Of course, the StartCap design itself means nothing without a good RFID reader to identify the moment a bottle is opened. We’ve upgraded the backend kit with a MetraTec UHF reader that can be fitted to a number of external antennas. 
A temperamental piece of kit but it does allow for customisation in any programming language. 

Of course, the StartCap design itself means nothing without a good RFID reader to identify the moment a bottle is opened. We’ve upgraded the backend kit with a MetraTec UHF reader that can be fitted to a number of external antennas. 

A temperamental piece of kit but it does allow for customisation in any programming language. 

StartCap logo

StartCap logo

PROTOTYPE_30.4
CONSTRUCTING STARTCAP1.0
The key design elements in our most successful prototype:
Transparent paper covering the first RFID tag to avoid the loose tag catching on sticky foil.
Perforation on one side of the foil to create a weak side on the StartCap. This weak side easily breaks when opened propelling the loose tag away.

PROTOTYPE_30.4

CONSTRUCTING STARTCAP1.0

The key design elements in our most successful prototype:

  • Transparent paper covering the first RFID tag to avoid the loose tag catching on sticky foil.
  • Perforation on one side of the foil to create a weak side on the StartCap. This weak side easily breaks when opened propelling the loose tag away.
PROTOTYPE_30.4 

THE GOLDEN CHILD
After nearly 50 design iterations we perfected the StartCap design with Prototype_30.4. It contains a reinforced plastic collar around the neck and a beautiful golden arrow to let the user know the correct way to open the bottle. Now the fun part begins. What should we connect StartCap to?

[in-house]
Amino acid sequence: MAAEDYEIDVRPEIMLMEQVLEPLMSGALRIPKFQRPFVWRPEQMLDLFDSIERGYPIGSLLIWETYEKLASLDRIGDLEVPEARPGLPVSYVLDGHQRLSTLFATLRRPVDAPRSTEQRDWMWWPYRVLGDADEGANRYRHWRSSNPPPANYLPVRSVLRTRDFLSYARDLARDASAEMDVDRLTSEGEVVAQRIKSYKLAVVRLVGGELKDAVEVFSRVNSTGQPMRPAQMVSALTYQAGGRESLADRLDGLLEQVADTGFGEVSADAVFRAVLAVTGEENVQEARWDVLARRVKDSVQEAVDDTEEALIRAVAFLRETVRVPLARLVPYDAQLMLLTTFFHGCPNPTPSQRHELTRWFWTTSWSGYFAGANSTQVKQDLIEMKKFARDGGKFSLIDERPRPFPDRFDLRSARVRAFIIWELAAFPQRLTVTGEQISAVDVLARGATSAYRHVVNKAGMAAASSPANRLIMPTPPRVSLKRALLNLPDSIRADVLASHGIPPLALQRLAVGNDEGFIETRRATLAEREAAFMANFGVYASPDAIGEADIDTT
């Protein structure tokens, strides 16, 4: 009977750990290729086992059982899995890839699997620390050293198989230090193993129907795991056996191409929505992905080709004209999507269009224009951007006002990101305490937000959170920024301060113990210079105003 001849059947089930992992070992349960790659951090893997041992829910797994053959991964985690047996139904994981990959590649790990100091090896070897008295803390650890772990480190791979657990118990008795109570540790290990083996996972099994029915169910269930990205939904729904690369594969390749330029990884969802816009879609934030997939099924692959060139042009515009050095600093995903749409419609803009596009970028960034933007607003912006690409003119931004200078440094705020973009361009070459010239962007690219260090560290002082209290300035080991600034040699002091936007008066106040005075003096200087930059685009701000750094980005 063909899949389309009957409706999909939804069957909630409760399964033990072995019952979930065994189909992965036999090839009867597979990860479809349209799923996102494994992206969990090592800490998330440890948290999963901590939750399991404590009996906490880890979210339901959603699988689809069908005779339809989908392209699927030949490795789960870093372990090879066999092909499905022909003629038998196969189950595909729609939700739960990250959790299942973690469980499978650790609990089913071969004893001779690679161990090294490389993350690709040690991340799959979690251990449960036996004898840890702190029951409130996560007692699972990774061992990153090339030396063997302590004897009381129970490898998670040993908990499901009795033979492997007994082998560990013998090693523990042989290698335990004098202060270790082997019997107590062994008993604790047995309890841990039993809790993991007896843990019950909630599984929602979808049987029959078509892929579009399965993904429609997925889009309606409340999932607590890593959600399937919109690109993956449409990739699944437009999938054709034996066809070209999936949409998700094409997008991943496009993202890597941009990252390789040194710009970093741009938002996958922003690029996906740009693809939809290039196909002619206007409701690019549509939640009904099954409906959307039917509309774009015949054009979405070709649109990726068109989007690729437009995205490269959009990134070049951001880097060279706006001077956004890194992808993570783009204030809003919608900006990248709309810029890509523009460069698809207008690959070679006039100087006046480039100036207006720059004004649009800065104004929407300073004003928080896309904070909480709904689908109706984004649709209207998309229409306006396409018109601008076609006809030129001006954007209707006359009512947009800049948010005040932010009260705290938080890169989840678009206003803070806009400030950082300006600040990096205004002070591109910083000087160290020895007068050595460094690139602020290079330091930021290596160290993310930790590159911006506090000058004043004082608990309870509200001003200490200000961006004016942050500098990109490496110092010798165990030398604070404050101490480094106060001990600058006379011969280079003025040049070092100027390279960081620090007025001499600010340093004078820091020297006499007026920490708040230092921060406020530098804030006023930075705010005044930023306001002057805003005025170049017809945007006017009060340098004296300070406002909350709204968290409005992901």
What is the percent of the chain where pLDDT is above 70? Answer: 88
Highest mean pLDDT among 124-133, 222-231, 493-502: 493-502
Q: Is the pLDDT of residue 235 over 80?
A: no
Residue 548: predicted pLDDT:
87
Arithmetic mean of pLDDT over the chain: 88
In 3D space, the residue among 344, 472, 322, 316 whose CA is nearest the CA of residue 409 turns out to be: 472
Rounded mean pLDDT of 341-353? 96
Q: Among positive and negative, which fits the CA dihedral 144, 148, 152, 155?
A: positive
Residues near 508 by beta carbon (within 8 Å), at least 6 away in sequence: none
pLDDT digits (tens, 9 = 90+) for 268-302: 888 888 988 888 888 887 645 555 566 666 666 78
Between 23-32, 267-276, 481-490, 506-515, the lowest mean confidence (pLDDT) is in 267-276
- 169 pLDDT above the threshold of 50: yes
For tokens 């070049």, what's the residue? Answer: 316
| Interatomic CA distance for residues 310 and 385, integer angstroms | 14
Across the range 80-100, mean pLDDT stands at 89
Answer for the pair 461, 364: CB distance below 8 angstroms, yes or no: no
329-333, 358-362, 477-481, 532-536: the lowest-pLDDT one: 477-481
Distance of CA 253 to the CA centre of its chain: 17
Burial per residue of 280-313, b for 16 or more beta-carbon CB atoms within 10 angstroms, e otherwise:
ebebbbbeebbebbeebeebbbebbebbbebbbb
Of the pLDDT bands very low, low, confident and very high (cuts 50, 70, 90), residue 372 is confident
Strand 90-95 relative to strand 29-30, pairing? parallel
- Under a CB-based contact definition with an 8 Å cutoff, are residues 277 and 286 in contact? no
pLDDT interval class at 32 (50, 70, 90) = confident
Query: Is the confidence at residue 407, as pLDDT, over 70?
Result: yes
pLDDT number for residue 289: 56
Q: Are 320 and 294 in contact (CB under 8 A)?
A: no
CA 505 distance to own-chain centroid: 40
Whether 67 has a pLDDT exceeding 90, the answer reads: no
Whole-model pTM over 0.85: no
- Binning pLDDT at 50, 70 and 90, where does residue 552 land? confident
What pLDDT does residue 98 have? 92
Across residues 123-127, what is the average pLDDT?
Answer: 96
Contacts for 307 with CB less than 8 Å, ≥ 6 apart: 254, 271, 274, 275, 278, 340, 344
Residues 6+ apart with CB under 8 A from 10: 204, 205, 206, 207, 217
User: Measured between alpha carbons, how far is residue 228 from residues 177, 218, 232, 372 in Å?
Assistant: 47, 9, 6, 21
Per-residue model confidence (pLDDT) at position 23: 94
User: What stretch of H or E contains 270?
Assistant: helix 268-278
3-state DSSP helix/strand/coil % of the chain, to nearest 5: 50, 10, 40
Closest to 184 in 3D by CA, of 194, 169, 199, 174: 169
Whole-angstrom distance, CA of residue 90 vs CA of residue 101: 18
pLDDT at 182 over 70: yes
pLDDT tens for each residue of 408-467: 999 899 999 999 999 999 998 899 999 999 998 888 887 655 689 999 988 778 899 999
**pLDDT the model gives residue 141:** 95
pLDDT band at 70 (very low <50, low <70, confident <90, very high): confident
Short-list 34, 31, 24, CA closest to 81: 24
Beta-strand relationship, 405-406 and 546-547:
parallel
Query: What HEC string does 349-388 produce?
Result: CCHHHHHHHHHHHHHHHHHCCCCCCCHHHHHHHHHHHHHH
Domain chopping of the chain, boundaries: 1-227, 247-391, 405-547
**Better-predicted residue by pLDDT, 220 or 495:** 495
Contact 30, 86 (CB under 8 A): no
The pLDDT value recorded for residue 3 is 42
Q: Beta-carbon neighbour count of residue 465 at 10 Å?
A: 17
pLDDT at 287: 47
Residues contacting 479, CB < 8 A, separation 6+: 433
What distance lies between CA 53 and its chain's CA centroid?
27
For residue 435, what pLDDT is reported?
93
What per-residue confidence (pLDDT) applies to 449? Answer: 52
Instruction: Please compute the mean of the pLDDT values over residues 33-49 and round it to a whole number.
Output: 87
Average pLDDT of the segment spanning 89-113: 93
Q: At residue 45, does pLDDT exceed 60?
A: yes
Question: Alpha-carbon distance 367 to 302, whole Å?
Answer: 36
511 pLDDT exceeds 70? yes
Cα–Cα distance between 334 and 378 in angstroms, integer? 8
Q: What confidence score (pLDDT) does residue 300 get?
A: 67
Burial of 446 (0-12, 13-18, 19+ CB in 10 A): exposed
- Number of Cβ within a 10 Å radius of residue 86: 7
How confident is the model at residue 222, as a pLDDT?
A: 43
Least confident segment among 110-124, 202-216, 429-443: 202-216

PROTOTYPE_30.4 

THE GOLDEN CHILD

After nearly 50 design iterations we perfected the StartCap design with Prototype_30.4. It contains a reinforced plastic collar around the neck and a beautiful golden arrow to let the user know the correct way to open the bottle.

Now the fun part begins. What should we connect StartCap to?

PROTOTYPE_30

PROTOTYPE_30 :: The eureka moment
Today we discovered two RFID tags cancel each other out when one is attached to sticky-backed foil. This makes Prototype_30 completely undetectable to the reader when unopened. 
By folding the other RFID chip inside the foil-backed tag we can create a spring that will propel it from the bottle neck and onto the floor when opened.
The ‘spring loaded’ design does, however, put a lot of force on the glue holding everything in place around the neck of the bottle. To counter this, a reinforced neck collar should be applied for extra grip.

PROTOTYPE_30 :: The eureka moment

Today we discovered two RFID tags cancel each other out when one is attached to sticky-backed foil. This makes Prototype_30 completely undetectable to the reader when unopened. 

By folding the other RFID chip inside the foil-backed tag we can create a spring that will propel it from the bottle neck and onto the floor when opened.

The ‘spring loaded’ design does, however, put a lot of force on the glue holding everything in place around the neck of the bottle. To counter this, a reinforced neck collar should be applied for extra grip.

PROTOTYPE_27
'THE FA CUP'
A spring loaded approach enables the bottle to be opened from one side and propelled from the bottle thanks to hinged PVC plastic.
VERDICT
The cumbersome design is too conspicuous and once opened, leaves the over-sized mechanic hanging from the bottle neck. FAIL.

PROTOTYPE_27

'THE FA CUP'

A spring loaded approach enables the bottle to be opened from one side and propelled from the bottle thanks to hinged PVC plastic.

VERDICT